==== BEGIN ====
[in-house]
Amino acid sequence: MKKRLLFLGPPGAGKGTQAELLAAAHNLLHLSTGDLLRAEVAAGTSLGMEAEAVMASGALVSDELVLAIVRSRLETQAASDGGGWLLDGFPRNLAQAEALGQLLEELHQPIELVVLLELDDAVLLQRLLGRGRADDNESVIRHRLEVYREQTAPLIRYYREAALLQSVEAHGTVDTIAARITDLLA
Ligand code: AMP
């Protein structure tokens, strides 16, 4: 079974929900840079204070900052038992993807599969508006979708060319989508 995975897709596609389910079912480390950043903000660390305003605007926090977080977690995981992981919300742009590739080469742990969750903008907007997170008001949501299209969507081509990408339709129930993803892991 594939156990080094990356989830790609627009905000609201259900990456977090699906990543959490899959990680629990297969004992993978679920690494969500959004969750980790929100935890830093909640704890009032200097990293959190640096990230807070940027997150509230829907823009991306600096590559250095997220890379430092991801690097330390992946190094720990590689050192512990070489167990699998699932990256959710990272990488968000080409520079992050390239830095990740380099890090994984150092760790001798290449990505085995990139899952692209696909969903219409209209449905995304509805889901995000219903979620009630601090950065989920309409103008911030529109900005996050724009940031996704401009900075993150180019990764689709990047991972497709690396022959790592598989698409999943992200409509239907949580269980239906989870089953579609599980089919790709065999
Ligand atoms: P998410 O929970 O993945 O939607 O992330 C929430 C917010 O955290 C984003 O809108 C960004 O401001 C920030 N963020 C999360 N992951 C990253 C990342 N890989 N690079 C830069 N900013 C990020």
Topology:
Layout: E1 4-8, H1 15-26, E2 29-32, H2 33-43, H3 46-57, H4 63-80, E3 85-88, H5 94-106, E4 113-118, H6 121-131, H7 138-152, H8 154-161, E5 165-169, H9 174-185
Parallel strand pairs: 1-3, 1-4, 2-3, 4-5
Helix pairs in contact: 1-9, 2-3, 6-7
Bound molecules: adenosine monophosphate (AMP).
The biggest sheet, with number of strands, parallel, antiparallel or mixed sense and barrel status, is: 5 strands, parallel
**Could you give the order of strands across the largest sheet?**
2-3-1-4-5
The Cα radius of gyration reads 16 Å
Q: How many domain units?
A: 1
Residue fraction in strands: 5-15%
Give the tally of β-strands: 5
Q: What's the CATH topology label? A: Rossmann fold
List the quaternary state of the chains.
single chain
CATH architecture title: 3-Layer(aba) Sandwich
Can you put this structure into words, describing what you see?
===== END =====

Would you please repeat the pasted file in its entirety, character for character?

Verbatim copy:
[in-house]
Amino acid sequence: MKKRLLFLGPPGAGKGTQAELLAAAHNLLHLSTGDLLRAEVAAGTSLGMEAEAVMASGALVSDELVLAIVRSRLETQAASDGGGWLLDGFPRNLAQAEALGQLLEELHQPIELVVLLELDDAVLLQRLLGRGRADDNESVIRHRLEVYREQTAPLIRYYREAALLQSVEAHGTVDTIAARITDLLA
Ligand code: AMP
């Protein structure tokens, strides 16, 4: 079974929900840079204070900052038992993807599969508006979708060319989508 995975897709596609389910079912480390950043903000660390305003605007926090977080977690995981992981919300742009590739080469742990969750903008907007997170008001949501299209969507081509990408339709129930993803892991 594939156990080094990356989830790609627009905000609201259900990456977090699906990543959490899959990680629990297969004992993978679920690494969500959004969750980790929100935890830093909640704890009032200097990293959190640096990230807070940027997150509230829907823009991306600096590559250095997220890379430092991801690097330390992946190094720990590689050192512990070489167990699998699932990256959710990272990488968000080409520079992050390239830095990740380099890090994984150092760790001798290449990505085995990139899952692209696909969903219409209209449905995304509805889901995000219903979620009630601090950065989920309409103008911030529109900005996050724009940031996704401009900075993150180019990764689709990047991972497709690396022959790592598989698409999943992200409509239907949580269980239906989870089953579609599980089919790709065999
Ligand atoms: P998410 O929970 O993945 O939607 O992330 C929430 C917010 O955290 C984003 O809108 C960004 O401001 C920030 N963020 C999360 N992951 C990253 C990342 N890989 N690079 C830069 N900013 C990020």
Topology:
Layout: E1 4-8, H1 15-26, E2 29-32, H2 33-43, H3 46-57, H4 63-80, E3 85-88, H5 94-106, E4 113-118, H6 121-131, H7 138-152, H8 154-161, E5 165-169, H9 174-185
Parallel strand pairs: 1-3, 1-4, 2-3, 4-5
Helix pairs in contact: 1-9, 2-3, 6-7
Bound molecules: adenosine monophosphate (AMP).
The biggest sheet, with number of strands, parallel, antiparallel or mixed sense and barrel status, is: 5 strands, parallel
**Could you give the order of strands across the largest sheet?**
2-3-1-4-5
The Cα radius of gyration reads 16 Å
Q: How many domain units?
A: 1
Residue fraction in strands: 5-15%
Give the tally of β-strands: 5
Q: What's the CATH topology label? A: Rossmann fold
List the quaternary state of the chains.
single chain
CATH architecture title: 3-Layer(aba) Sandwich
Can you put this structure into words, describing what you see?